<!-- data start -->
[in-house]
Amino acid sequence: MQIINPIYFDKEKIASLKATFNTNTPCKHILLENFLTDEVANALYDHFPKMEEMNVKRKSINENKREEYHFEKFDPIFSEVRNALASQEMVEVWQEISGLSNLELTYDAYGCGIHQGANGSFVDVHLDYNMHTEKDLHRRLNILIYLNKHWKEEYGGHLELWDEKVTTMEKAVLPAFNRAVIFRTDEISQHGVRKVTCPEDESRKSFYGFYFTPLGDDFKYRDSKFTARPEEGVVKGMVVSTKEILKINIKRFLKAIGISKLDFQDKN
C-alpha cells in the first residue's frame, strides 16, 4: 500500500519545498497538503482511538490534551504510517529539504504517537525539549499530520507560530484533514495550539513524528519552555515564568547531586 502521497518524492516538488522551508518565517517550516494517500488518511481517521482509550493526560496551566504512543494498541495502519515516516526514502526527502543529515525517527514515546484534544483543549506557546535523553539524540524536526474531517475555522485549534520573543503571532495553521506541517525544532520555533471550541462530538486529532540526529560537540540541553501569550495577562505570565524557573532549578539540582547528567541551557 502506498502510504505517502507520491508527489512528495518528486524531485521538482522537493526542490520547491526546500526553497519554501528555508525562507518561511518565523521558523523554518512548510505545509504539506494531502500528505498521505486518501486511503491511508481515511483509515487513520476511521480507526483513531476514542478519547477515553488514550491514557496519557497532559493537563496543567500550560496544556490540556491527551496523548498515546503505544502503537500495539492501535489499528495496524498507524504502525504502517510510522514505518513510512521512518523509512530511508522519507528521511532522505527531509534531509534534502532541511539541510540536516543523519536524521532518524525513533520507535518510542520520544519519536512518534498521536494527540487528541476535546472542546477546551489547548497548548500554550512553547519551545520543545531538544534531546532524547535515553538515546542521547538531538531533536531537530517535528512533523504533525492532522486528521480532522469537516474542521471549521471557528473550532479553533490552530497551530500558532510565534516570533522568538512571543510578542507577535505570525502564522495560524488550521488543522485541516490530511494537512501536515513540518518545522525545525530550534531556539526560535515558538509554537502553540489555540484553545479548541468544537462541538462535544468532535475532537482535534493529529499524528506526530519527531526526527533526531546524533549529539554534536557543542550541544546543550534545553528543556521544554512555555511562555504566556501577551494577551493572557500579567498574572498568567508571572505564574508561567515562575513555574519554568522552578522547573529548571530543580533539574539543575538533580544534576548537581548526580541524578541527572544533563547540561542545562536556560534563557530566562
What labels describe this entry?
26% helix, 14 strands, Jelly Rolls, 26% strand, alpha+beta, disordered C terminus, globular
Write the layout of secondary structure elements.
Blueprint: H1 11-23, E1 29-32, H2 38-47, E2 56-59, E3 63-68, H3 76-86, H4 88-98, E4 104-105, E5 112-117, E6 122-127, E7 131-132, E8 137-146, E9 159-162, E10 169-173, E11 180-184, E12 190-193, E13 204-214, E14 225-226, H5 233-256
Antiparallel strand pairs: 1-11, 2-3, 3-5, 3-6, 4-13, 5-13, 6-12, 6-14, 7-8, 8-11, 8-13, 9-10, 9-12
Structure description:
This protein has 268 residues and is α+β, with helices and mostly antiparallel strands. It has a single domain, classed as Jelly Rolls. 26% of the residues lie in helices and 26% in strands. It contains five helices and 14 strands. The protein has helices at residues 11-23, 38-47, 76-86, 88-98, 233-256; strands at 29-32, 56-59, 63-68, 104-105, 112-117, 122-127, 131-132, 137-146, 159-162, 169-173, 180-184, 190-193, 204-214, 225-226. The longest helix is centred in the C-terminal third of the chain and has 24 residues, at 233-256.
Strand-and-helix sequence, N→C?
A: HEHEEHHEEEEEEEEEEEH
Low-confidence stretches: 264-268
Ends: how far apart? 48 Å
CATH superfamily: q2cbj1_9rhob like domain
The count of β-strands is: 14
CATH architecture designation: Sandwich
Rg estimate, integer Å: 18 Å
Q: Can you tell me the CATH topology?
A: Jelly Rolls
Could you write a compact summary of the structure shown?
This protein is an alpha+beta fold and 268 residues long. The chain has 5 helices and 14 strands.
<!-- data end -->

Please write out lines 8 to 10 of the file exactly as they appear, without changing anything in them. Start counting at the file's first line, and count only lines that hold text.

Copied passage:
Antiparallel strand pairs: 1-11, 2-3, 3-5, 3-6, 4-13, 5-13, 6-12, 6-14, 7-8, 8-11, 8-13, 9-10, 9-12
Structure description:
This protein has 268 residues and is α+β, with helices and mostly antiparallel strands. It has a single domain, classed as Jelly Rolls. 26% of the residues lie in helices and 26% in strands. It contains five helices and 14 strands. The protein has helices at residues 11-23, 38-47, 76-86, 88-98, 233-256; strands at 29-32, 56-59, 63-68, 104-105, 112-117, 122-127, 131-132, 137-146, 159-162, 169-173, 180-184, 190-193, 204-214, 225-226. The longest helix is centred in the C-terminal third of the chain and has 24 residues, at 233-256.